Nowhere else are these benefits to wildlife more obvious than the mighty Oak. A stalwart reminder of why trees are so important to this country that also happens to be one of the UK’s best-known species. Oaks have been found to support hundreds of different ecosystems, many of which are perfect for insects, that in turn become a source of food to many of the small mammals and birds mentioned above.
Trees help improve our health
Whether it’s filtering the air from all those nasty polluting particles, lowering our stress levels with a calming walk through the woods or providing a natural medicine to cure us. There’s an abundance of health benefits that we receive from the trees around us.
It is generally agreed that on average a single broad-leaf tree will absorb in the region of 1 tonne of carbon dioxide in its full life-time. When this is taken into consideration with the fact that a trees canopy also acts as a physical filter, trapping dust and providing shade from the sun and reducing noise it’s easy to see that they help both the environment and those who live within it.
It is well documented that the woodlands and parks around the UK provide spaces for us to relax and exercise, improving both our mental and physical health. So much so that research has been carried out and has found that your heart rate slows, blood pressure drops and your stress levels come down within minutes of being surrounded by trees!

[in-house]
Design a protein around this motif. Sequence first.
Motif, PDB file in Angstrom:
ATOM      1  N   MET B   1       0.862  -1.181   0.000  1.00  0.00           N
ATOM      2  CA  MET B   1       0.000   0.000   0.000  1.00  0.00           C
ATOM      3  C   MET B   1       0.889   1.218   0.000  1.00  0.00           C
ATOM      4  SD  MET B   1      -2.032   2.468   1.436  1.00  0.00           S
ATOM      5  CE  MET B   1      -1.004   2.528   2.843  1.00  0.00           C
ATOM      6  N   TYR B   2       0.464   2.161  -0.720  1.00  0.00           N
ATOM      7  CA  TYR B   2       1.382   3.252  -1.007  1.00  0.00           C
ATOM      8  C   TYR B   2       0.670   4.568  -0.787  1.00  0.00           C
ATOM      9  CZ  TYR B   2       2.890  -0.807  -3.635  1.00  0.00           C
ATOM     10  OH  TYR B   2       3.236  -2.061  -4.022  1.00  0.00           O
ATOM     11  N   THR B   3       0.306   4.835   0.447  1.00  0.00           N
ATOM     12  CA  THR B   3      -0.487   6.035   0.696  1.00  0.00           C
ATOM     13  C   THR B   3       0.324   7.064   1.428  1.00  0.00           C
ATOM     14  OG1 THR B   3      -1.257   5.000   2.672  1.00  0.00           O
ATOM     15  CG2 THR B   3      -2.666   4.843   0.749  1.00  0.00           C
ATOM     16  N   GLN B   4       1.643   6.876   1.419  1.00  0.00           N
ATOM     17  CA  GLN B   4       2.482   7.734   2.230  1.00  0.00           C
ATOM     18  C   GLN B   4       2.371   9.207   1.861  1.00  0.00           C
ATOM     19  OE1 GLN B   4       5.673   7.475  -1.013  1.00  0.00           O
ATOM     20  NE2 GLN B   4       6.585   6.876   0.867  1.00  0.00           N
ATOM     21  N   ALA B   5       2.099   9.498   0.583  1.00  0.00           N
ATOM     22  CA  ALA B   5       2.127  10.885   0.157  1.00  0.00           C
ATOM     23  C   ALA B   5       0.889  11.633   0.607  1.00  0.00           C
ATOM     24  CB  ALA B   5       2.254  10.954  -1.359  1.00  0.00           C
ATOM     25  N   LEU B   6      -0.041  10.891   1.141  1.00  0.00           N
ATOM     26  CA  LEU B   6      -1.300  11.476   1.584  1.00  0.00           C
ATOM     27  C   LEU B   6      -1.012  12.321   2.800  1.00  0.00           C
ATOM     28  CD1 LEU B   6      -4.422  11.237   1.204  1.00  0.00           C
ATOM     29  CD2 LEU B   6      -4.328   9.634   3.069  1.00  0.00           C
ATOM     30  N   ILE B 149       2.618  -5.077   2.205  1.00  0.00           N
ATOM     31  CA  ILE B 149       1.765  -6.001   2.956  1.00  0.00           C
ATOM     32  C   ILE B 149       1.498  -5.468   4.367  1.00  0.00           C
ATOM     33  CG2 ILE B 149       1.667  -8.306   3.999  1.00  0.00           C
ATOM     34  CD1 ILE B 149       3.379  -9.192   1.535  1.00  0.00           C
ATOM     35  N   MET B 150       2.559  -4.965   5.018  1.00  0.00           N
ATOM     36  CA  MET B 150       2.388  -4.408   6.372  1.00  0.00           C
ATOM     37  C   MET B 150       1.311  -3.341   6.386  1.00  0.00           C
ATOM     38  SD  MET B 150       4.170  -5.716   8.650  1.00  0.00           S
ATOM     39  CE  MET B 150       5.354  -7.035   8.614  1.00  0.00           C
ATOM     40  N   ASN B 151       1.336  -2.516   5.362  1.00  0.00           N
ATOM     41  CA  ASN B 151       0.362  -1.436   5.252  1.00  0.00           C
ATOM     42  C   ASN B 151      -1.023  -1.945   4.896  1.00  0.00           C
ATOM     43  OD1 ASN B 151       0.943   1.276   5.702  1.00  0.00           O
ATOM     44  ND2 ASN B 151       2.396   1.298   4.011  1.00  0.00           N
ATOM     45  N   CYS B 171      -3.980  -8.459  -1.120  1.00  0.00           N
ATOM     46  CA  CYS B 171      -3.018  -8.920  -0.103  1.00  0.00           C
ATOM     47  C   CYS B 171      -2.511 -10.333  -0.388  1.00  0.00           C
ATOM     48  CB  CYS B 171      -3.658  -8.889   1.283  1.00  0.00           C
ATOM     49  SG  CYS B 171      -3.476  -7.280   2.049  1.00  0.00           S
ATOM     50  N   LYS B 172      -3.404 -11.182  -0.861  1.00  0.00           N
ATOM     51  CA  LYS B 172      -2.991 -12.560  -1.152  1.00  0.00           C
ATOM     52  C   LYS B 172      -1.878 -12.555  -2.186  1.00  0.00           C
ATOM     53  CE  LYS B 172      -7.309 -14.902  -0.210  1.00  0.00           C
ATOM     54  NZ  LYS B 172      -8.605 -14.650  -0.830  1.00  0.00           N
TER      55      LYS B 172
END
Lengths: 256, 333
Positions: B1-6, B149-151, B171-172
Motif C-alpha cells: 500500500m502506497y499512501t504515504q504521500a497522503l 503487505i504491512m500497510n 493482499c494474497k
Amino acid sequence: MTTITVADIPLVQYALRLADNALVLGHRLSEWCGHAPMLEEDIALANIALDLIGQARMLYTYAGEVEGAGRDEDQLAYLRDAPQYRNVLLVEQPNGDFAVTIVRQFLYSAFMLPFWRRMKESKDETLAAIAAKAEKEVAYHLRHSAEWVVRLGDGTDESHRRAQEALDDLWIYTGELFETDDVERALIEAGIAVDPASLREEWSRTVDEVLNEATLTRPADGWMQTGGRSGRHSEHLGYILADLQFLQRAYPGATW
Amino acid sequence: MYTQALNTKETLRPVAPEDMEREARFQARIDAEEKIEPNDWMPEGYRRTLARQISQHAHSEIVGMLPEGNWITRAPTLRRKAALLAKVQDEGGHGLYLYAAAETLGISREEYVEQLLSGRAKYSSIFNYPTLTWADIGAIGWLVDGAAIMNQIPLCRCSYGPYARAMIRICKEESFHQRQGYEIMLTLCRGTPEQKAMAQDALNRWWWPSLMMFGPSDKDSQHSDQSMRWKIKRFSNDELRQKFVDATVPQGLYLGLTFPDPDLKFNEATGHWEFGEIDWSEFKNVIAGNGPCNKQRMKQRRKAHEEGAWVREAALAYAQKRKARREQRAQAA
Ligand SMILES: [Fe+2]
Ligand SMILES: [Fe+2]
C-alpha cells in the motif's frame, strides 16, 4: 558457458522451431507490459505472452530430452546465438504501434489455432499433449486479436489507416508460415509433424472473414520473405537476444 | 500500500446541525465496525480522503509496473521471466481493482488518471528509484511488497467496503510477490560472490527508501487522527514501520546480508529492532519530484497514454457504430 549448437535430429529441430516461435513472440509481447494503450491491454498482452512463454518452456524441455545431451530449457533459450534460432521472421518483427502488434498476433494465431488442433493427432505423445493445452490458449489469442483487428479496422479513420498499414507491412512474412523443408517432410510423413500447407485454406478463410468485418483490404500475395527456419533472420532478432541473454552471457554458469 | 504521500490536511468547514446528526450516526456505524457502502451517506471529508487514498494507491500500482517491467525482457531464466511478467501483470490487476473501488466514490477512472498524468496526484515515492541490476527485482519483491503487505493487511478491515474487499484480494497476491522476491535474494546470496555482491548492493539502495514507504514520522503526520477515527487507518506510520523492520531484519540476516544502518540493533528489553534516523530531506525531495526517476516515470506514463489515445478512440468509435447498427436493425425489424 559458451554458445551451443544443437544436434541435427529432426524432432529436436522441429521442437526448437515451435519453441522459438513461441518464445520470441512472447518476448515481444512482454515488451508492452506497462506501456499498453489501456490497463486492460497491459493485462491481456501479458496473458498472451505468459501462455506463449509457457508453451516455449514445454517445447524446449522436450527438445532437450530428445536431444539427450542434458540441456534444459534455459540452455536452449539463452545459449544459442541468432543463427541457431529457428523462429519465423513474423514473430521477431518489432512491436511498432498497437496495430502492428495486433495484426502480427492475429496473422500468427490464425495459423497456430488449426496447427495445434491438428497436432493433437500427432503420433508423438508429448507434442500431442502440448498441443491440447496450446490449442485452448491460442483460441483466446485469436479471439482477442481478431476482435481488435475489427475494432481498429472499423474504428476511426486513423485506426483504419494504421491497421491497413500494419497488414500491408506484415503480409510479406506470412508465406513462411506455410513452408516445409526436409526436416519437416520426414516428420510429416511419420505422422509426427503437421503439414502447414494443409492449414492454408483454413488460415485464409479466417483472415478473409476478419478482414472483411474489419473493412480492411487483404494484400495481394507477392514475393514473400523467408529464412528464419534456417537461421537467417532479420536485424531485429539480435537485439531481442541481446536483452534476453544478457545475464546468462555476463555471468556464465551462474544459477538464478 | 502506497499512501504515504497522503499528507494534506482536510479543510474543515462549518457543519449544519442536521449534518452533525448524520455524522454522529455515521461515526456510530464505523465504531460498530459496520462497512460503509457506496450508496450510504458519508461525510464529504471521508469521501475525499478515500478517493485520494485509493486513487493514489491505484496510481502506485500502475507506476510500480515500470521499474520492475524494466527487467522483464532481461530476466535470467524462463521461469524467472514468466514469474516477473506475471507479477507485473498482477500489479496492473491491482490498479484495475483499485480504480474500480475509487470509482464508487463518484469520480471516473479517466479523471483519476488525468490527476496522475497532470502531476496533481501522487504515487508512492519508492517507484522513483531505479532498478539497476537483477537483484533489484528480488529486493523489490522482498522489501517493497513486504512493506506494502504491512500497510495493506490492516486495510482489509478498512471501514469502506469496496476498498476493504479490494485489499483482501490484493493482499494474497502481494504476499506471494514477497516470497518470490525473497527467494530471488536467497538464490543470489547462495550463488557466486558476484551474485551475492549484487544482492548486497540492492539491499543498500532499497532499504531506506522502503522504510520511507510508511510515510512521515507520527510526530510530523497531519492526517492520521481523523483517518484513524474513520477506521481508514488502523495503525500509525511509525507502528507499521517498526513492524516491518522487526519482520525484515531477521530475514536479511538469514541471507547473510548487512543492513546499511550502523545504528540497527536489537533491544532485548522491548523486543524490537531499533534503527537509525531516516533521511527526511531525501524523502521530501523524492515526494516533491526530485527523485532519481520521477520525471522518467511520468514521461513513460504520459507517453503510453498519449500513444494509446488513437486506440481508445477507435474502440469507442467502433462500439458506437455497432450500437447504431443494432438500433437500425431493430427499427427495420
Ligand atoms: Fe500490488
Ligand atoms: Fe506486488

How to get involved
You can still get involved and do your bit for National Tree Week this year even though we can’t go out in our thousands to plant trees! The Tree Councils volunteer tree wardens are still holding safe and responsible tree planting events across the country to celebrate National Tree Week. Check their website here to view their calendar and find out what’s happening in your local area.
If there’s no events in your area, don’t worry there are plenty of other ways you can help make our beautiful country greener! The Conservation Volunteers (TCV) is a good place to start if you’d like to volunteer or donate towards their ‘I Dig Trees’ campaign that saw over 1 million trees planted during the planting season last year. The Woodland Trust is a great source of information on all things trees in the UK and has a wide range of advice on planting trees that can be found here.
If going outside during this period isn’t possible for you, there’s still plenty you can do to support our trees and environment. Have a look online at all the different energy providers offering affordable green energy, some of these have taken the steps to plant trees to offset carbon as well as using 100% renewable energy sources. As you’re almost certainly viewing this blog on a computer or phone, next time you search for anything online, use the search engine Ecosia. They plant a tree every time you search for anything online with them!
Alternatively, you can do your bit by helping to build upon the habitats available for wildlife in your gardens. Adding a Wildlife World bird nest box or roosting pocket to your garden will offer an additional safe place for birds to nest and shelter in, regardless of whether you have trees in your garden or not. Likewise, a well-hidden hedgehog home can be a lifesaver to a hedgehog and a great alternative to the unfortunately sparse woodland floors now available to them.